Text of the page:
Study Shows that Routine CT Scans Reduce Cancer Deaths
Side note: A large study, designed in part by Ned Patz, a professor of radiology at Duke University Medical Center, has proven that CT scans given to smokers and ex-smokers can reduce lung cancer deaths by as much as 20%. The study also found that early CT scans reduce death from other reasons by 7%. The routine use of CT scans by doctors is often attributed to defensive medicine. This study reveals that routine CT scans serve a greater purpose than shielding doctors from medical malpractice lawsuits. There is no doubt that routine CT scans save lives.
By Liz Szabo
For the first time, a large study shows that using CT scans to screen smokers and ex-smokers for lung cancer can reduce lung cancer deaths by 20% —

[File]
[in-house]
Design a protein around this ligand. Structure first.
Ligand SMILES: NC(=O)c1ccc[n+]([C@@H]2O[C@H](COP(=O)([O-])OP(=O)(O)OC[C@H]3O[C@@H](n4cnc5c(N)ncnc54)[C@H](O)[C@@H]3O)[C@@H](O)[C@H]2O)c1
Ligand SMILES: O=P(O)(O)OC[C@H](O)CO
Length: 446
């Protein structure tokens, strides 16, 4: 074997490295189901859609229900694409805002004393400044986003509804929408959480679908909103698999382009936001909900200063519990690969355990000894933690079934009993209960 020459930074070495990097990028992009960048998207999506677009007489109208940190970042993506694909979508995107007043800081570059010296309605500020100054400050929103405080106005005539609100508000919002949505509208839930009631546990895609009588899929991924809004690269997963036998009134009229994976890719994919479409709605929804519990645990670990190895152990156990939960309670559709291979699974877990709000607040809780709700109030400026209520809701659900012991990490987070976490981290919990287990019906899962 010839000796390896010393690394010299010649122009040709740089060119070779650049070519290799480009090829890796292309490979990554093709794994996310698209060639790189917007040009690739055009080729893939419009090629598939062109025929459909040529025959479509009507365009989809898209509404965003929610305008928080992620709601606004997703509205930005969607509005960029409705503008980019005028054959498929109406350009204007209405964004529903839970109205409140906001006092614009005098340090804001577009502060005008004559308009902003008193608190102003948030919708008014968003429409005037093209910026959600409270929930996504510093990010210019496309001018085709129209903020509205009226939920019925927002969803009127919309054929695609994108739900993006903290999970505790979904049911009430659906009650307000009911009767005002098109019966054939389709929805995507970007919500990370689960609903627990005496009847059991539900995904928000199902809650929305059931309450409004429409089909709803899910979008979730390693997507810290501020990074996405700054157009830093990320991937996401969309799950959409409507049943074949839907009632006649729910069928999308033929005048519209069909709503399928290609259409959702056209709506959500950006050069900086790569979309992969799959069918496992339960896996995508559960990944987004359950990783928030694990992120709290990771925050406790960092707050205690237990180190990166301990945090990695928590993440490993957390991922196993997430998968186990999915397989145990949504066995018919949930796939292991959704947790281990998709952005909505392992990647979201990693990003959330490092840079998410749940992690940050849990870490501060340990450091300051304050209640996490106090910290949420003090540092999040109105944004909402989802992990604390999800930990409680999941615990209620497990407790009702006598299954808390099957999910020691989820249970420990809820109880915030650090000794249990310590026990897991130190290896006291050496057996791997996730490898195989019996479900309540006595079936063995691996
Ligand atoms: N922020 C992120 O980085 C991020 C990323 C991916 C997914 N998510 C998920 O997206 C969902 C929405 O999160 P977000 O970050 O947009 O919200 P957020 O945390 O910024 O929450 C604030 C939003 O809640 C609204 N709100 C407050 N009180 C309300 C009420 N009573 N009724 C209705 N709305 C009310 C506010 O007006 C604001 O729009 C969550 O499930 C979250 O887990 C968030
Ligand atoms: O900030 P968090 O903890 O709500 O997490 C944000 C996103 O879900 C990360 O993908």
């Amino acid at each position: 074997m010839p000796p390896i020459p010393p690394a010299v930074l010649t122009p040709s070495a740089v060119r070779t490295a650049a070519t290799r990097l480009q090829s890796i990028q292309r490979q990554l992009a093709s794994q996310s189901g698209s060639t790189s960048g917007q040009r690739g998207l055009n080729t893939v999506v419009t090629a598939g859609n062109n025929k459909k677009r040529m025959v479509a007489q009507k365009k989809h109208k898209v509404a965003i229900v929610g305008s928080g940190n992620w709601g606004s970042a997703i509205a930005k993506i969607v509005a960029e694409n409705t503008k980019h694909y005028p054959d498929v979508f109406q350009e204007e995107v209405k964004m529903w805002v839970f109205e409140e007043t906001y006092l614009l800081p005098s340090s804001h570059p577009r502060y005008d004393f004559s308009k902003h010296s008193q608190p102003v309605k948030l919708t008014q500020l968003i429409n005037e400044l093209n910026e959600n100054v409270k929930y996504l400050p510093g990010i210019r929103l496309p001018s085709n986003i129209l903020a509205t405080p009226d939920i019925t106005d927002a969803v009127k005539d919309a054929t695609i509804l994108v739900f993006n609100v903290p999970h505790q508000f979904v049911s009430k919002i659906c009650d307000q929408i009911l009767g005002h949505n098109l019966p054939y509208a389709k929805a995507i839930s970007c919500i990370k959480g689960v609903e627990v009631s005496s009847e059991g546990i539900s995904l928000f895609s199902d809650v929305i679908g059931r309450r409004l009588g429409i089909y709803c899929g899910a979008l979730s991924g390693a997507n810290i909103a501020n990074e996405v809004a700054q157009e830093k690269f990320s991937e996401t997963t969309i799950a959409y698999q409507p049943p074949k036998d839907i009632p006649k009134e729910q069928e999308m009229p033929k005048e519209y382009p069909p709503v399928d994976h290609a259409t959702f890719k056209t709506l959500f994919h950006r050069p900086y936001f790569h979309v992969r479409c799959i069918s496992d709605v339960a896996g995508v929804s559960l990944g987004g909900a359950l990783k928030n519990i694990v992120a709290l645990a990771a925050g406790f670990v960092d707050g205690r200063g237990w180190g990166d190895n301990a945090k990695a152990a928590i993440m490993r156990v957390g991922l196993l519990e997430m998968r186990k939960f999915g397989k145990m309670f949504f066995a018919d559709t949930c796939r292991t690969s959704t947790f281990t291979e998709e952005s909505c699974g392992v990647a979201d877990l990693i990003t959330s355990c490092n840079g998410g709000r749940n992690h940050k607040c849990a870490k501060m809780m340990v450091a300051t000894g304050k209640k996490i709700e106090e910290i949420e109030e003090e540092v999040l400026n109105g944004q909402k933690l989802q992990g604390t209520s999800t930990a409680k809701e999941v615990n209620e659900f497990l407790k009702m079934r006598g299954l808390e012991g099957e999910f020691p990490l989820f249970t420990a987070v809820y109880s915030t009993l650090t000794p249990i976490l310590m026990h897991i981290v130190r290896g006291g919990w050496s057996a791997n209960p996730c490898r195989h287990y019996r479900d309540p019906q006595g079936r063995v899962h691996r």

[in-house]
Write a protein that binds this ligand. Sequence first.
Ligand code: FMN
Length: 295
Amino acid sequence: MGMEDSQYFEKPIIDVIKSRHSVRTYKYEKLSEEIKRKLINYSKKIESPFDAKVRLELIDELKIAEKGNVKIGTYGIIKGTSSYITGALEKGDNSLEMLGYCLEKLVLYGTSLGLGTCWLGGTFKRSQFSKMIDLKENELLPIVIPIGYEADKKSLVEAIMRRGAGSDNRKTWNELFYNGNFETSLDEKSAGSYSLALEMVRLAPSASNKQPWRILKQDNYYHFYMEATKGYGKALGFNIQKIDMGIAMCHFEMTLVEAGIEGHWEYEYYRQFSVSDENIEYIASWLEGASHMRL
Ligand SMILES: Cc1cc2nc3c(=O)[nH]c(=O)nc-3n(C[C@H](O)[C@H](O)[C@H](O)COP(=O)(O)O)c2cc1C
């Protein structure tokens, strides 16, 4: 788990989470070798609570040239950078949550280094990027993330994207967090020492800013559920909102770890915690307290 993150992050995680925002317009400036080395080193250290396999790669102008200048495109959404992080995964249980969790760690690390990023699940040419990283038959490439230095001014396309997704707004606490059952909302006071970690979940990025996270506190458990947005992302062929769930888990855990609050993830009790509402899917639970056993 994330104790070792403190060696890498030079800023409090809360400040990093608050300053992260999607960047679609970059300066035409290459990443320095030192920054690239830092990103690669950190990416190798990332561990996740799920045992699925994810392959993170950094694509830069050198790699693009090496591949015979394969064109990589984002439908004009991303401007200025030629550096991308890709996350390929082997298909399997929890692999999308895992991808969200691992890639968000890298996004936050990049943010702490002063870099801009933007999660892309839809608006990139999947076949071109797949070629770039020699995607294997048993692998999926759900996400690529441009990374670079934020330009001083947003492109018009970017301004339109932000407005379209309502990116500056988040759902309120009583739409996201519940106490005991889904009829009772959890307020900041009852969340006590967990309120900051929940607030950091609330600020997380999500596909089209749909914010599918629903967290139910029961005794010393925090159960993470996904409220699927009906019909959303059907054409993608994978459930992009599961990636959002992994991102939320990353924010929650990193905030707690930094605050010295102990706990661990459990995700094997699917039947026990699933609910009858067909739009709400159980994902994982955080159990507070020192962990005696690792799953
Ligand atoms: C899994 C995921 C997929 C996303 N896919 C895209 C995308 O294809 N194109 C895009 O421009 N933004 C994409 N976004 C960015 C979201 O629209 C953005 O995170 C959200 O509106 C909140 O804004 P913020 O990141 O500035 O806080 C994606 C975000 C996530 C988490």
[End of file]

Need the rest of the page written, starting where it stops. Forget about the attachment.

potentially saving thousands of lives — by catching lethal tumors at an earlier, more treatable stage, according to a study released Thursday.
Nearly 160,000 Americans a year die from lung cancer, the leading cause of cancer deaths in the world, according to the American Cancer Society.
In addition to reducing lung cancer deaths, the screenings also reduced deaths from any cause by 7%, according to the National Cancer Institute,
which funded the eight-year, $250 million study of 53,000 people older than 55.